Given the historical success of undrafted quarterbacks in the NFL, Tony Romo might as well be a national treasure. We look at the impact of developmental leagues on undrafted quarterbacks, and just how many players have tried to break through in a recent season.
22 Apr 2004
Guest Column by Jim Armstrong
During the football season, we often hear the media talk about the turnover battle. Winning the turnover battle is always one of the keys to winning football games. But what does this really mean? How important are turnovers and how much control do teams have over them? Rather than looking at turnovers on a game-by-game basis, it's perhaps more useful to step back and take a broader look at teams' general turnover tendencies over the course of one or more seasons. In this article, I will explore how closely a team's tendency to give up or force turnovers correlates with winning relative to its ability to move the ball and score points, how offense and defense differ in this respect, and how predictable a team's turnover tendencies are from one year to the next.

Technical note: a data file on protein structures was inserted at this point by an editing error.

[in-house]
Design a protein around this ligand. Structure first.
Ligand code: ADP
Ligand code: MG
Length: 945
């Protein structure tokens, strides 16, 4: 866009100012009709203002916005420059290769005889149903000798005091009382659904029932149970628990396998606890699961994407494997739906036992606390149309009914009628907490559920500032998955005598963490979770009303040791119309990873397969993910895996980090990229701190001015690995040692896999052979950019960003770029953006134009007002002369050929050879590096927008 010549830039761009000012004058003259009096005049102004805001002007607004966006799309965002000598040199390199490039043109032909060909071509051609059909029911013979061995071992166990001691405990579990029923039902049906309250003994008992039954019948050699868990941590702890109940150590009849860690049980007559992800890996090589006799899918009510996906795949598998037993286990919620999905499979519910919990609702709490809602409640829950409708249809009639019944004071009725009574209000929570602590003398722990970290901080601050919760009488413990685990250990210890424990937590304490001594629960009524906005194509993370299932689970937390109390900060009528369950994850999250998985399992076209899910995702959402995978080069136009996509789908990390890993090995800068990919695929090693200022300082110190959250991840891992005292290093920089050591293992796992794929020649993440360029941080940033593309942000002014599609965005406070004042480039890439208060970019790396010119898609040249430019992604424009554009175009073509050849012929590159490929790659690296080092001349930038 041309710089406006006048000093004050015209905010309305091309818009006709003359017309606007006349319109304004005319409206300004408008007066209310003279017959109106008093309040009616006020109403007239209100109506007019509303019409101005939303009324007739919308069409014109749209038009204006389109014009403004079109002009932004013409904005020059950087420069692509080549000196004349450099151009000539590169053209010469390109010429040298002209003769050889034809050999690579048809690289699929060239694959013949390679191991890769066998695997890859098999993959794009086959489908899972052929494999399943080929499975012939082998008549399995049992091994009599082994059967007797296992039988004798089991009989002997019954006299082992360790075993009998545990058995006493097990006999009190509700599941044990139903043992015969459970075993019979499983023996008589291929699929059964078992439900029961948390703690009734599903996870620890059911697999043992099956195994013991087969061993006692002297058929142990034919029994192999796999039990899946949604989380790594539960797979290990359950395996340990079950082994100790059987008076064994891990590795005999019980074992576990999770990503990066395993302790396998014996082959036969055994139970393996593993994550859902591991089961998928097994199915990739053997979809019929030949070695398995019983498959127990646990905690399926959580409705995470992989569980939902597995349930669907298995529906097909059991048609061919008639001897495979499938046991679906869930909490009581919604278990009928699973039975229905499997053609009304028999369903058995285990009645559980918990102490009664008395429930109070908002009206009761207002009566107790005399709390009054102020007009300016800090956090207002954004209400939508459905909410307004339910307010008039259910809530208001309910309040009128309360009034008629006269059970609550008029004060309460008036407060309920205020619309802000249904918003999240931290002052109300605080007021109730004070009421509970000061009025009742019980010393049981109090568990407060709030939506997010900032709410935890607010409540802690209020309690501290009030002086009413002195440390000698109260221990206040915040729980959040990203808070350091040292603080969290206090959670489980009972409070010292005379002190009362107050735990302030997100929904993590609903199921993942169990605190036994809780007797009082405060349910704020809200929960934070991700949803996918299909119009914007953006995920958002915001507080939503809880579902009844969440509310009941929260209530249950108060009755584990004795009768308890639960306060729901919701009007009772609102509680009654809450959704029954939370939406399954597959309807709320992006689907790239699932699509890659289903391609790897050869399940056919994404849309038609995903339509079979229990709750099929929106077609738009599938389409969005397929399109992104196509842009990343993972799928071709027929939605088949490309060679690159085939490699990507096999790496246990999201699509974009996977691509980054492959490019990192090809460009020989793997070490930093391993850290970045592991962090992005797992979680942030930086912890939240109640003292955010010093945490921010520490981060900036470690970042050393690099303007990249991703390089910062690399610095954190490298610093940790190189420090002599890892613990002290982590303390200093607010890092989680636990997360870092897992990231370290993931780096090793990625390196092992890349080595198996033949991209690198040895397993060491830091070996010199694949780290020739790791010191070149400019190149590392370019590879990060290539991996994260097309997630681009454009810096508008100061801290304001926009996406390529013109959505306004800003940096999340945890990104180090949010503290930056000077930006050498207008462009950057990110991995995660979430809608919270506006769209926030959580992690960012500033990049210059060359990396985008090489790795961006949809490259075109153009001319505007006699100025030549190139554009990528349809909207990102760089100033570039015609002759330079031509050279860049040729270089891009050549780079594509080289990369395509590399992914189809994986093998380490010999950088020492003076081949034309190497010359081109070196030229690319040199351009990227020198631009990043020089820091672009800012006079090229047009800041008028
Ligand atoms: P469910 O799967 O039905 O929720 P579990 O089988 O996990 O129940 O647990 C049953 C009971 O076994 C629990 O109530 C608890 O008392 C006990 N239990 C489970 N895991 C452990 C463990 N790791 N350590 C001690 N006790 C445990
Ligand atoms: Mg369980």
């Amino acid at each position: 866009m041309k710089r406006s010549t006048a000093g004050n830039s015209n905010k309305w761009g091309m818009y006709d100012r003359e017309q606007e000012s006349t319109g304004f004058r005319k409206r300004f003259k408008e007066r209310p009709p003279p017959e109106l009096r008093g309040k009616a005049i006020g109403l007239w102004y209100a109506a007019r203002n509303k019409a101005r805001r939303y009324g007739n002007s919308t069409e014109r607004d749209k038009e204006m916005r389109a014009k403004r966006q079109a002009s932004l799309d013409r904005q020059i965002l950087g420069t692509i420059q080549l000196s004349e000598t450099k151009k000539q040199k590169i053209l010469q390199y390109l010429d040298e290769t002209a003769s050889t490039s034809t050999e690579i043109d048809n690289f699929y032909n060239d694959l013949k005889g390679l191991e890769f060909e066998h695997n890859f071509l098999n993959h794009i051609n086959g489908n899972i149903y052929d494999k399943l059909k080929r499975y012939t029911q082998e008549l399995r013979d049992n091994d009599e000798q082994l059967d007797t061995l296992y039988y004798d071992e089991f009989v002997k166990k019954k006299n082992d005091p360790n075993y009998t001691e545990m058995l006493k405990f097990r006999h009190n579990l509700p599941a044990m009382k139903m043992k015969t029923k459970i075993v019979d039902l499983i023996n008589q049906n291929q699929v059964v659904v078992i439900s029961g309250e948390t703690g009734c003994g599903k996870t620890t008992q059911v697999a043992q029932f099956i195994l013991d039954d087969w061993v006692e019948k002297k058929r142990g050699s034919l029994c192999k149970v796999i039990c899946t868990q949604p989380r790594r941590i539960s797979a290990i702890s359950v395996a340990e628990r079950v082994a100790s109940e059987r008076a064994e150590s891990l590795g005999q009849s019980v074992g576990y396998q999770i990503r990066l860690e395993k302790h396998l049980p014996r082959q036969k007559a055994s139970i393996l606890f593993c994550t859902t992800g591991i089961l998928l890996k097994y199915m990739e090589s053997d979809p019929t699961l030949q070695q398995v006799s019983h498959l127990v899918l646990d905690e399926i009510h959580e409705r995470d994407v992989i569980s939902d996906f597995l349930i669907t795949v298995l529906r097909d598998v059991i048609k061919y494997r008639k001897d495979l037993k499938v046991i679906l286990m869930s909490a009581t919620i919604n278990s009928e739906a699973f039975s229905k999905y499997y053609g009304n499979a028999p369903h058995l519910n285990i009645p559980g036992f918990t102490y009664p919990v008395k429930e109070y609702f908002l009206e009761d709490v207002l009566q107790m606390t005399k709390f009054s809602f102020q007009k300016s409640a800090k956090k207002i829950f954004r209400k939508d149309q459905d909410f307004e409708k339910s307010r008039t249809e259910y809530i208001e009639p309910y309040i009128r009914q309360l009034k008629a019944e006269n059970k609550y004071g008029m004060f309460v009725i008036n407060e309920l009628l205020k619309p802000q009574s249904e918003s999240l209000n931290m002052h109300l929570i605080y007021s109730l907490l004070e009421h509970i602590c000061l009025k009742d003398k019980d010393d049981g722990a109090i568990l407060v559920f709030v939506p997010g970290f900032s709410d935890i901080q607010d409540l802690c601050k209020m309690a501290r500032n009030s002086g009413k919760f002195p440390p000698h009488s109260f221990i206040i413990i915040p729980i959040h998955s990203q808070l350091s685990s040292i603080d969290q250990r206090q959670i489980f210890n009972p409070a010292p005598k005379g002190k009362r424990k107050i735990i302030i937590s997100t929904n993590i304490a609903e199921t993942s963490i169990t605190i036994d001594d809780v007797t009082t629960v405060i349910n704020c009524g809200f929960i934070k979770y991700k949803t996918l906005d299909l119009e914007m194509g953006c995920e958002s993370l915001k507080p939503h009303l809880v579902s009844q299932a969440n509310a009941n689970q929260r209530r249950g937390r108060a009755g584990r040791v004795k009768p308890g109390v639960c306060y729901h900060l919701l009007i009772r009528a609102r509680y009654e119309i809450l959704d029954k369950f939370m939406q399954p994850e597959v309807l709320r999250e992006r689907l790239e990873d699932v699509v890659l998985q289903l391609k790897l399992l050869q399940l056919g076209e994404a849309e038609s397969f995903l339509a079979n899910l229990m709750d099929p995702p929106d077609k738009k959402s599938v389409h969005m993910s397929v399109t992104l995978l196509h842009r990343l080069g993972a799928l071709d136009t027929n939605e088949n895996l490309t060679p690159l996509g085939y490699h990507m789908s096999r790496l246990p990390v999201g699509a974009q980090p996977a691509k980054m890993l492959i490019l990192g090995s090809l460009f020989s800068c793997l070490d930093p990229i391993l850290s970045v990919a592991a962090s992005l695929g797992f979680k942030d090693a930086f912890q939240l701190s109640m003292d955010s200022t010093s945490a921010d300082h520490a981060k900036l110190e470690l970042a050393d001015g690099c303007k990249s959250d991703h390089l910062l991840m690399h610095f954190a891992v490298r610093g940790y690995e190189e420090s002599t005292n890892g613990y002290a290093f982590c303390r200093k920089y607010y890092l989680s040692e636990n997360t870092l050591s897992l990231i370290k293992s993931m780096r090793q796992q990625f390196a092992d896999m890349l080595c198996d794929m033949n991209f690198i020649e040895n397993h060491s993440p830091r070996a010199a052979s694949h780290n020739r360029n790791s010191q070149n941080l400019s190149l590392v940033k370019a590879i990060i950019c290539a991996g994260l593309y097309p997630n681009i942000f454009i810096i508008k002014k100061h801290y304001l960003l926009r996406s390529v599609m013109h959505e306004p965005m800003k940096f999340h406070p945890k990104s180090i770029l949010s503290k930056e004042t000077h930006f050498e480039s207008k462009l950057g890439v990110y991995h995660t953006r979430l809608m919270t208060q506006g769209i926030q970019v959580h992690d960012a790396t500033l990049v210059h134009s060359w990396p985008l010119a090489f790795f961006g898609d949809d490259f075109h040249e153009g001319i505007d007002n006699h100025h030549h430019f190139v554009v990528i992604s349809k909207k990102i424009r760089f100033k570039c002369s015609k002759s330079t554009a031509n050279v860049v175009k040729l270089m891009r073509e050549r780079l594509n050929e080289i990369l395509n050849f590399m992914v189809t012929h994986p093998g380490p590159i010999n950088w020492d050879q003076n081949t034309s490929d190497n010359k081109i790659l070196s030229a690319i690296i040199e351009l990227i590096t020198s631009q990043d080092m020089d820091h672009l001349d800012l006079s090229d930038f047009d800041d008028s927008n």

To compare turnover rates to other measurable aspects of offense and defense, I looked at drive charts from all NFL regular season games from 1998-2003, a six-year period. I computed yards per drive, points per drive, and turnovers per drive for each team's offense and defense for each of the six years. Then I computed the correlation coefficient of these values with respect to that team's number of regular season wins. The table below shows the average yearly correlation of each of these rate stats.
We see that, in terms of yards and points, offensive performance correlates slightly better with winning than defensive performance does. But a team's turnover rate per drive seems to be more important on defense than on offense. That suggests that it's particularly important to have a defense that can "force" turnovers. But to what extent can a defense force turnovers? Isn't a big part of forcing turnovers just being in the right place at the right time, or random luck?
To help answer this, I looked at year-to-year correlations of the drive rate stats over the same six year period. There were 155 pairs of consecutive team-seasons during this period. Recall that the Cleveland Browns re-entered the NFL in 1999 and the Houston Texans entered the NFL in 2002. Using this data, I computed the correlation coefficient for each of the drive rate stats mentioned above. The idea behind year-to-year correlations is that if a particular measure closely represents actual ability, then that stat will hold relatively consistent from one year to the next. However, if there is a lot of variation from one year to the next, that suggests that performance measured by the statistic is largely due to luck or other factors. Thus, the lower the correlation, the less predictable it is, and the more it can be attributed to luck.